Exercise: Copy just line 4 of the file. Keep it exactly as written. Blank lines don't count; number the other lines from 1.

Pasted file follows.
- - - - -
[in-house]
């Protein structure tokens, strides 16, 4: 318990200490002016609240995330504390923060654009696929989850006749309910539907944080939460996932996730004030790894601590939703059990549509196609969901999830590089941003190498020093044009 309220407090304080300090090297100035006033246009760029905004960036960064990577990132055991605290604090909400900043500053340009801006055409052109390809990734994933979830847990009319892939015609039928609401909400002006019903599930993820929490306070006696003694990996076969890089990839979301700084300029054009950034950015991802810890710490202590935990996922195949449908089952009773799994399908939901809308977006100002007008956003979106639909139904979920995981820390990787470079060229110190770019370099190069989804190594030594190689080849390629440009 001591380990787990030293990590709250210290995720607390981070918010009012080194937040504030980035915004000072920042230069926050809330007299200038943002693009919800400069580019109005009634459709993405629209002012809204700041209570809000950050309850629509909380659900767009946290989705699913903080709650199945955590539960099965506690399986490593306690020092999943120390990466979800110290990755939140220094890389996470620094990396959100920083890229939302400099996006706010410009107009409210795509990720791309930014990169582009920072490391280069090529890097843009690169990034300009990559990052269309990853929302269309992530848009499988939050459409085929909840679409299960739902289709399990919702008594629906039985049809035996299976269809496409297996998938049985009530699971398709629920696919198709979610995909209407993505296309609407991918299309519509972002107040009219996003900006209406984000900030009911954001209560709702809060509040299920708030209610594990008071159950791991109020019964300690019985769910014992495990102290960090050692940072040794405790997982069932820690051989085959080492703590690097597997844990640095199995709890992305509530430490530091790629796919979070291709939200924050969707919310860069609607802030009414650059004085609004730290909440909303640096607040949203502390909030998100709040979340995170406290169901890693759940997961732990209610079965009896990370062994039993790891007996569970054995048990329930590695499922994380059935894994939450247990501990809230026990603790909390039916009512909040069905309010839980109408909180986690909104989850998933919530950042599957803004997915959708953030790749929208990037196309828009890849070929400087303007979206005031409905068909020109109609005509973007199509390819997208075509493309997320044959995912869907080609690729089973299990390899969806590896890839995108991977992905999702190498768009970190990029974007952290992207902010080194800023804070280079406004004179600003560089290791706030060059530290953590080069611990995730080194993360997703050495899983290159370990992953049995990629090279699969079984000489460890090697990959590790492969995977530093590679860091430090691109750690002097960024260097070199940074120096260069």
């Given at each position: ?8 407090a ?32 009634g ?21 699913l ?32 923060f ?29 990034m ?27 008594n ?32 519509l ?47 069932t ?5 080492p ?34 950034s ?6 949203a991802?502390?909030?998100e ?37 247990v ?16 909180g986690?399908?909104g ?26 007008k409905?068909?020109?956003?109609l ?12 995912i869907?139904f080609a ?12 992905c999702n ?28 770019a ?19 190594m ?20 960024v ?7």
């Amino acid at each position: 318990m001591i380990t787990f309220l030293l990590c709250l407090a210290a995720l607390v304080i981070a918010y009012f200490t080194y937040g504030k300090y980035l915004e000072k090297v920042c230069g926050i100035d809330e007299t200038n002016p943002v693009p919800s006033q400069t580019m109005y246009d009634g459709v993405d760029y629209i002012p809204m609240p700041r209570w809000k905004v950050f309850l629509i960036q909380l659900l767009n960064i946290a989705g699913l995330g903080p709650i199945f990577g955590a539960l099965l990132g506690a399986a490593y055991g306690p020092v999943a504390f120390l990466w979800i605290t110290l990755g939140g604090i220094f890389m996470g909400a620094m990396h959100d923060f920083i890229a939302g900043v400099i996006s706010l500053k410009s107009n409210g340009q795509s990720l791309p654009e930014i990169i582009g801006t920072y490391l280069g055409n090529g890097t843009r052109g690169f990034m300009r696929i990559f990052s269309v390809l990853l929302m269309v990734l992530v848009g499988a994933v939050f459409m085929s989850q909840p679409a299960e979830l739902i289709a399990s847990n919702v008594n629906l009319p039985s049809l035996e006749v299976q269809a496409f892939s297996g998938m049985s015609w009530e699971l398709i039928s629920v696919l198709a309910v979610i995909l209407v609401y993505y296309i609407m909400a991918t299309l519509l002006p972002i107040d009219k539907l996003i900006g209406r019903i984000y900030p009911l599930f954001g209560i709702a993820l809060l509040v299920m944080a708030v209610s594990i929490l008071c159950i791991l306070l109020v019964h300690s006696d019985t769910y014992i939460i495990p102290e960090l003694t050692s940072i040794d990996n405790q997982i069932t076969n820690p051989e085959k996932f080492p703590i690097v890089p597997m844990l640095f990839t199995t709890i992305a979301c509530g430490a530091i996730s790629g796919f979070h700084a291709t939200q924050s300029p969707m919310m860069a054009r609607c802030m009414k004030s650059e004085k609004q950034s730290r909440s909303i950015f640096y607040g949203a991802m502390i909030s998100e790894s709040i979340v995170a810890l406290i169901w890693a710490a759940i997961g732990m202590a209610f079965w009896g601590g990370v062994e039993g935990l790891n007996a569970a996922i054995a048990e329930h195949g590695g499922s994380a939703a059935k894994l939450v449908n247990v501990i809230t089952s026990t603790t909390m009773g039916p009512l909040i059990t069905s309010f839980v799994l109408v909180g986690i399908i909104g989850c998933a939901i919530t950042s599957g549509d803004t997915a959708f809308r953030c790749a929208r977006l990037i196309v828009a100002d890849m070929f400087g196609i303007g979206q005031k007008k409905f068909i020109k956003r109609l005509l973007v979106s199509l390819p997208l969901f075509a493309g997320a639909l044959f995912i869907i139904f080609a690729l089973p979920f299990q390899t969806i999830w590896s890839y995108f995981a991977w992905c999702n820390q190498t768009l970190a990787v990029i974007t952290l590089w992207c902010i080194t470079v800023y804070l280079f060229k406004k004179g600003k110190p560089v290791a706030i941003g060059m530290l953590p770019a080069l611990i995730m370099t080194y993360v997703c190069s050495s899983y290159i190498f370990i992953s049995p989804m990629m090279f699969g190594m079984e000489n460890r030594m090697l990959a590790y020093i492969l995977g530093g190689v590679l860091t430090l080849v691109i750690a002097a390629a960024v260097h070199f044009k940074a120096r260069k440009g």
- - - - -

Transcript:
């Amino acid at each position: 318990m001591i380990t787990f309220l030293l990590c709250l407090a210290a995720l607390v304080i981070a918010y009012f200490t080194y937040g504030k300090y980035l915004e000072k090297v920042c230069g926050i100035d809330e007299t200038n002016p943002v693009p919800s006033q400069t580019m109005y246009d009634g459709v993405d760029y629209i002012p809204m609240p700041r209570w809000k905004v950050f309850l629509i960036q909380l659900l767009n960064i946290a989705g699913l995330g903080p709650i199945f990577g955590a539960l099965l990132g506690a399986a490593y055991g306690p020092v999943a504390f120390l990466w979800i605290t110290l990755g939140g604090i220094f890389m996470g909400a620094m990396h959100d923060f920083i890229a939302g900043v400099i996006s706010l500053k410009s107009n409210g340009q795509s990720l791309p654009e930014i990169i582009g801006t920072y490391l280069g055409n090529g890097t843009r052109g690169f990034m300009r696929i990559f990052s269309v390809l990853l929302m269309v990734l992530v848009g499988a994933v939050f459409m085929s989850q909840p679409a299960e979830l739902i289709a399990s847990n919702v008594n629906l009319p039985s049809l035996e006749v299976q269809a496409f892939s297996g998938m049985s015609w009530e699971l398709i039928s629920v696919l198709a309910v979610i995909l209407v609401y993505y296309i609407m909400a991918t299309l519509l002006p972002i107040d009219k539907l996003i900006g209406r019903i984000y900030p009911l599930f954001g209560i709702a993820l809060l509040v299920m944080a708030v209610s594990i929490l008071c159950i791991l306070l109020v019964h300690s006696d019985t769910y014992i939460i495990p102290e960090l003694t050692s940072i040794d990996n405790q997982i069932t076969n820690p051989e085959k996932f080492p703590i690097v890089p597997m844990l640095f990839t199995t709890i992305a979301c509530g430490a530091i996730s790629g796919f979070h700084a291709t939200q924050s300029p969707m919310m860069a054009r609607c802030m009414k004030s650059e004085k609004q950034s730290r909440s909303i950015f640096y607040g949203a991802m502390i909030s998100e790894s709040i979340v995170a810890l406290i169901w890693a710490a759940i997961g732990m202590a209610f079965w009896g601590g990370v062994e039993g935990l790891n007996a569970a996922i054995a048990e329930h195949g590695g499922s994380a939703a059935k894994l939450v449908n247990v501990i809230t089952s026990t603790t909390m009773g039916p009512l909040i059990t069905s309010f839980v799994l109408v909180g986690i399908i909104g989850c998933a939901i919530t950042s599957g549509d803004t997915a959708f809308r953030c790749a929208r977006l990037i196309v828009a100002d890849m070929f400087g196609i303007g979206q005031k007008k409905f068909i020109k956003r109609l005509l973007v979106s199509l390819p997208l969901f075509a493309g997320a639909l044959f995912i869907i139904f080609a690729l089973p979920f299990q390899t969806i999830w590896s890839y995108f995981a991977w992905c999702n820390q190498t768009l970190a990787v990029i974007t952290l590089w992207c902010i080194t470079v800023y804070l280079f060229k406004k004179g600003k110190p560089v290791a706030i941003g060059m530290l953590p770019a080069l611990i995730m370099t080194y993360v997703c190069s050495s899983y290159i190498f370990i992953s049995p989804m990629m090279f699969g190594m079984e000489n460890r030594m090697l990959a590790y020093i492969l995977g530093g190689v590679l860091t430090l080849v691109i750690a002097a390629a960024v260097h070199f044009k940074a120096r260069k440009g």